No. CV 88-278-BLG-JFB.
December 21, 1990.
Lorraine D. Gallinger, Asst. U.S. Atty., Billings, Mont., Scott A. Schachter, U.S. Dept. of Justice, Environment Natural Resources Div., Environmental Defense Section, Washington, D.C., for plaintiff.
Douglas Y. Freeman, Harding, Mont., Henry W. Ipsen, Holme, Roberts Owen, Denver, Colo., for defendant.
MEMORANDUM AND ORDER
This action is brought by the United States to enforce certain provisions of the Clean Water Act. Both parties have moved for Partial Summary Judgment on the issue of liability under the provisions of this Act. For the reasons stated below, the United States' Motion for Partial Summary Judgment is granted, and defendants' Motion is denied.
Facts, Procedural Background, and Statutory Framework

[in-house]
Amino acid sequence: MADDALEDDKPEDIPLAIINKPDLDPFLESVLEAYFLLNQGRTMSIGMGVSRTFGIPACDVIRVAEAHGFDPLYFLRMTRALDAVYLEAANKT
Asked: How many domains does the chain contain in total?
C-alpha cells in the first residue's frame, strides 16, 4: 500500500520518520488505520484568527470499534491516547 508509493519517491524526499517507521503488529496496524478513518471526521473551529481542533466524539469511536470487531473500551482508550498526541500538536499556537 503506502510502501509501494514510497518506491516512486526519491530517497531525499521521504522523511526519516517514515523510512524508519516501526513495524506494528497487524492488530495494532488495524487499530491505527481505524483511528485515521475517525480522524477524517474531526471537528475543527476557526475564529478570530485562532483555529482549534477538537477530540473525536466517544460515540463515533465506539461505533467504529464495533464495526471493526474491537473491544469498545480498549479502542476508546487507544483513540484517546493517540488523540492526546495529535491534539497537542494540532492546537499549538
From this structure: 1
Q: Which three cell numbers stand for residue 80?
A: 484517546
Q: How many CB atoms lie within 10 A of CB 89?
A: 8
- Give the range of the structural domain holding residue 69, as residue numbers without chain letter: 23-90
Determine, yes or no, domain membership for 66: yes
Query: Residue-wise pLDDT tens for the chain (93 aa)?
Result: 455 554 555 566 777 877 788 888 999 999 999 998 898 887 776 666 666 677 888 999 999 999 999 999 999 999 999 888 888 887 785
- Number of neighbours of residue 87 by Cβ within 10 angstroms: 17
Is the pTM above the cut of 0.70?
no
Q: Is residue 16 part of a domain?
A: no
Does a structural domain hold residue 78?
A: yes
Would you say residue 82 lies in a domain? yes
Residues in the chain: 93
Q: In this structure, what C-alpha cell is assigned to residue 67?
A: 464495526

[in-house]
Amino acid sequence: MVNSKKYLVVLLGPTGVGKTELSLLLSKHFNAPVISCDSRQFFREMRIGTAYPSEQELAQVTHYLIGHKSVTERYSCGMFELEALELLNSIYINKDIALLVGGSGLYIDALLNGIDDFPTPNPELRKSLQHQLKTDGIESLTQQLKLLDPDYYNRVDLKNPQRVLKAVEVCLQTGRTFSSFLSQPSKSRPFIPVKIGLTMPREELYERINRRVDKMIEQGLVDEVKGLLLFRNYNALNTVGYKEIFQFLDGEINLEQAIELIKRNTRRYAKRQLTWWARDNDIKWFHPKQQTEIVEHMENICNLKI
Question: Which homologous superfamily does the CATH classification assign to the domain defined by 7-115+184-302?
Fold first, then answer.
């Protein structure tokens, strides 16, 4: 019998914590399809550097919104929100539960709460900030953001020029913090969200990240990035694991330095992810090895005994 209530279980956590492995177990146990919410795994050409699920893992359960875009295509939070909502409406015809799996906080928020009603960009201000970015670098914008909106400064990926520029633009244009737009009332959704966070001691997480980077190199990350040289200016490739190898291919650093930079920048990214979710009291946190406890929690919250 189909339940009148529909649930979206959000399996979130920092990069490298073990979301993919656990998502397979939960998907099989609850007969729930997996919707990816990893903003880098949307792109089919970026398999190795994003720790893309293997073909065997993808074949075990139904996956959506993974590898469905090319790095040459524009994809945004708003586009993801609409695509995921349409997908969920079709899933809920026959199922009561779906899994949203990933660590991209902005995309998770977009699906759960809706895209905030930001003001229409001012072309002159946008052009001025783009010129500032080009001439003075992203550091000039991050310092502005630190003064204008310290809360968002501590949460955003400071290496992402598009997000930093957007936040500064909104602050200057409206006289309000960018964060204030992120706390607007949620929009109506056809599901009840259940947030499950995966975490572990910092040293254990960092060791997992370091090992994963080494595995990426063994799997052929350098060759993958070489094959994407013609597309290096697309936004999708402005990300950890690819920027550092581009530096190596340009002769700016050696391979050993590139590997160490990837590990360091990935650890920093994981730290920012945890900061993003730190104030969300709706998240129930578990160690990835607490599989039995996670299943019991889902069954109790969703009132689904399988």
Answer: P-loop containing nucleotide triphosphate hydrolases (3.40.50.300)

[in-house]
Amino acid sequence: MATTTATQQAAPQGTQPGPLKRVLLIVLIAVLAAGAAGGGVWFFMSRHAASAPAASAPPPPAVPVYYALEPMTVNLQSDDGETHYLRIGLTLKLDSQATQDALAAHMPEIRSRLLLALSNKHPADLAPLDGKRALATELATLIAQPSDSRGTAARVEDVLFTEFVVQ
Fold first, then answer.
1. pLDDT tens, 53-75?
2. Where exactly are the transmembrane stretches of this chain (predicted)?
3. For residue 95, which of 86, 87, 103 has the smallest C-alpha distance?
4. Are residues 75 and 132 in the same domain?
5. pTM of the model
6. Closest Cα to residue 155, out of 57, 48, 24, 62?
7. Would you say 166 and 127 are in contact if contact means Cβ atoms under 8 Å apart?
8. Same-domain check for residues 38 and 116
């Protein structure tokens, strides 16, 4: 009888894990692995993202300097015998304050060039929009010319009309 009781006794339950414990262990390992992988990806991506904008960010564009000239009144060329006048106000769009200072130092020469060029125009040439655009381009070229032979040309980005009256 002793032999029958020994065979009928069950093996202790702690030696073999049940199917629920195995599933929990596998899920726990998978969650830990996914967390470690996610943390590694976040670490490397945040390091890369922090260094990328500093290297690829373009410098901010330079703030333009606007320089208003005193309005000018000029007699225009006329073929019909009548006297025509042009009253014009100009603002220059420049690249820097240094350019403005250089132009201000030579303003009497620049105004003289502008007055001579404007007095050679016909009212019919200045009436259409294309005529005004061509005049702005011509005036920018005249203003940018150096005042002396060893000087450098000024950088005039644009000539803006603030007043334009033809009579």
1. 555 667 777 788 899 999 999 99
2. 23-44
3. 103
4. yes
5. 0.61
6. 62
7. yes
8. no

In submitting their motions for determination of liability under the provisions of the Clean Water Act, 33 U.S.C. § 1251 et seq., both parties agree upon the essential facts underlying this dispute. Defendant owns and operates a ranch in southeastern Montana, near the town of Wyola, through which the Little Bighorn River flows. In January, February, and March, 1986, defendant's employees performed river channel maintenance on about a two-mile stretch of the Little Bighorn River by removing various obstructions in the riverbed (e.g., fallen trees, large rocks, and sand and gravel bars) that had been deposited there during periods of high water runoff the previous year. Defendant also redistributed river cobble, redepositing it "at selected locations to maintain the existing channel by reinforcing banks and cutting off new meandered channels." See Memorandum of Points and Authorities in Support of Defendant's Motion for Summary Judgment, at 4 (citing Deposition of Richard M. Torrens). Much of this channel maintenance work required the use and operation of a bulldozer in the streambed. Defendant steadfastly maintains, however, that no foreign materials were discharged, deposited, or otherwise introduced into the Little Bighorn River. Id.